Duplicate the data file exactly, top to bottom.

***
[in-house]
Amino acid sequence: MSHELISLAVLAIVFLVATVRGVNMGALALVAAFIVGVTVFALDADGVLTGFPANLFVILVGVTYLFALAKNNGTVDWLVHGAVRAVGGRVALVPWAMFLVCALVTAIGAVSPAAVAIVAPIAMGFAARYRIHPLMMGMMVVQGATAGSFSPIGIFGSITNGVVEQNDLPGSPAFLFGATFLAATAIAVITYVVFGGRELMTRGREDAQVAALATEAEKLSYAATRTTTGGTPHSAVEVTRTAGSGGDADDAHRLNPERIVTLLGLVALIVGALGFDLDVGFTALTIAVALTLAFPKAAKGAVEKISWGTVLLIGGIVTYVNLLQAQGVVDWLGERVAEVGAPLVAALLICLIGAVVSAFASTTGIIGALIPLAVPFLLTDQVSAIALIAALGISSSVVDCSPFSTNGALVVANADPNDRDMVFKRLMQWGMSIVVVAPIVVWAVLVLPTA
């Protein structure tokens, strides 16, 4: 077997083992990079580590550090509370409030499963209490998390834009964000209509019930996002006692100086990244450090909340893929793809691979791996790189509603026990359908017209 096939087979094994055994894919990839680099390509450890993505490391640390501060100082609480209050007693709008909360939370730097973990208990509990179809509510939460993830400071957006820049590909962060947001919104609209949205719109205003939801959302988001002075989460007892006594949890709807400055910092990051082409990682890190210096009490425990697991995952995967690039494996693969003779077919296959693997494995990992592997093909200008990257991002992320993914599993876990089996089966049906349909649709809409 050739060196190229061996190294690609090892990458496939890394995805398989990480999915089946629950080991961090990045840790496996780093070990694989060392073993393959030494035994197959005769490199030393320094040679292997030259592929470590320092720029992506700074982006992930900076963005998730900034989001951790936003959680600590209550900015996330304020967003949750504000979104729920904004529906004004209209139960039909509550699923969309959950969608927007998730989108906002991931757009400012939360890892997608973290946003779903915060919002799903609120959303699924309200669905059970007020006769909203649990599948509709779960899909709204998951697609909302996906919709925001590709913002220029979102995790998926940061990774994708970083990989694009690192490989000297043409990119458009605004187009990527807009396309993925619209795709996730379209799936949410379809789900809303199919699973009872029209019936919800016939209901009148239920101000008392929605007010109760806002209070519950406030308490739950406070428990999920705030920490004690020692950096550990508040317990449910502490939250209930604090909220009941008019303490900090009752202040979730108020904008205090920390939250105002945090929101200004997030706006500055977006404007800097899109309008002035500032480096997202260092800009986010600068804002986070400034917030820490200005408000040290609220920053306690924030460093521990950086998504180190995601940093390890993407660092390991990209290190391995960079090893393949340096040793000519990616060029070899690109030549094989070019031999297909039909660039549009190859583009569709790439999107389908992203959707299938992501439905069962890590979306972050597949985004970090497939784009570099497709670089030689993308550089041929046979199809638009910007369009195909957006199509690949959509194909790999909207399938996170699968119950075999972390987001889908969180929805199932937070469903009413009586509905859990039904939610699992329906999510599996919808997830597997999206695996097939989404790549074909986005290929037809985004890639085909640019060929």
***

[in-house]
Amino acid sequence: MSHELISLAVLAIVFLVATVRGVNMGALALVAAFIVGVTVFALDADGVLTGFPANLFVILVGVTYLFALAKNNGTVDWLVHGAVRAVGGRVALVPWAMFLVCALVTAIGAVSPAAVAIVAPIAMGFAARYRIHPLMMGMMVVQGATAGSFSPIGIFGSITNGVVEQNDLPGSPAFLFGATFLAATAIAVITYVVFGGRELMTRGREDAQVAALATEAEKLSYAATRTTTGGTPHSAVEVTRTAGSGGDADDAHRLNPERIVTLLGLVALIVGALGFDLDVGFTALTIAVALTLAFPKAAKGAVEKISWGTVLLIGGIVTYVNLLQAQGVVDWLGERVAEVGAPLVAALLICLIGAVVSAFASTTGIIGALIPLAVPFLLTDQVSAIALIAALGISSSVVDCSPFSTNGALVVANADPNDRDMVFKRLMQWGMSIVVVAPIVVWAVLVLPTA
């Protein structure tokens, strides 16, 4: 077997083992990079580590550090509370409030499963209490998390834009964000209509019930996002006692100086990244450090909340893929793809691979791996790189509603026990359908017209 096939087979094994055994894919990839680099390509450890993505490391640390501060100082609480209050007693709008909360939370730097973990208990509990179809509510939460993830400071957006820049590909962060947001919104609209949205719109205003939801959302988001002075989460007892006594949890709807400055910092990051082409990682890190210096009490425990697991995952995967690039494996693969003779077919296959693997494995990992592997093909200008990257991002992320993914599993876990089996089966049906349909649709809409 050739060196190229061996190294690609090892990458496939890394995805398989990480999915089946629950080991961090990045840790496996780093070990694989060392073993393959030494035994197959005769490199030393320094040679292997030259592929470590320092720029992506700074982006992930900076963005998730900034989001951790936003959680600590209550900015996330304020967003949750504000979104729920904004529906004004209209139960039909509550699923969309959950969608927007998730989108906002991931757009400012939360890892997608973290946003779903915060919002799903609120959303699924309200669905059970007020006769909203649990599948509709779960899909709204998951697609909302996906919709925001590709913002220029979102995790998926940061990774994708970083990989694009690192490989000297043409990119458009605004187009990527807009396309993925619209795709996730379209799936949410379809789900809303199919699973009872029209019936919800016939209901009148239920101000008392929605007010109760806002209070519950406030308490739950406070428990999920705030920490004690020692950096550990508040317990449910502490939250209930604090909220009941008019303490900090009752202040979730108020904008205090920390939250105002945090929101200004997030706006500055977006404007800097899109309008002035500032480096997202260092800009986010600068804002986070400034917030820490200005408000040290609220920053306690924030460093521990950086998504180190995601940093390890993407660092390991990209290190391995960079090893393949340096040793000519990616060029070899690109030549094989070019031999297909039909660039549009190859583009569709790439999107389908992203959707299938992501439905069962890590979306972050597949985004970090497939784009570099497709670089030689993308550089041929046979199809638009910007369009195909957006199509690949959509194909790999909207399938996170699968119950075999972390987001889908969180929805199932937070469903009413009586509905859990039904939610699992329906999510599996919808997830597997999206695996097939989404790549074909986005290929037809985004890639085909640019060929």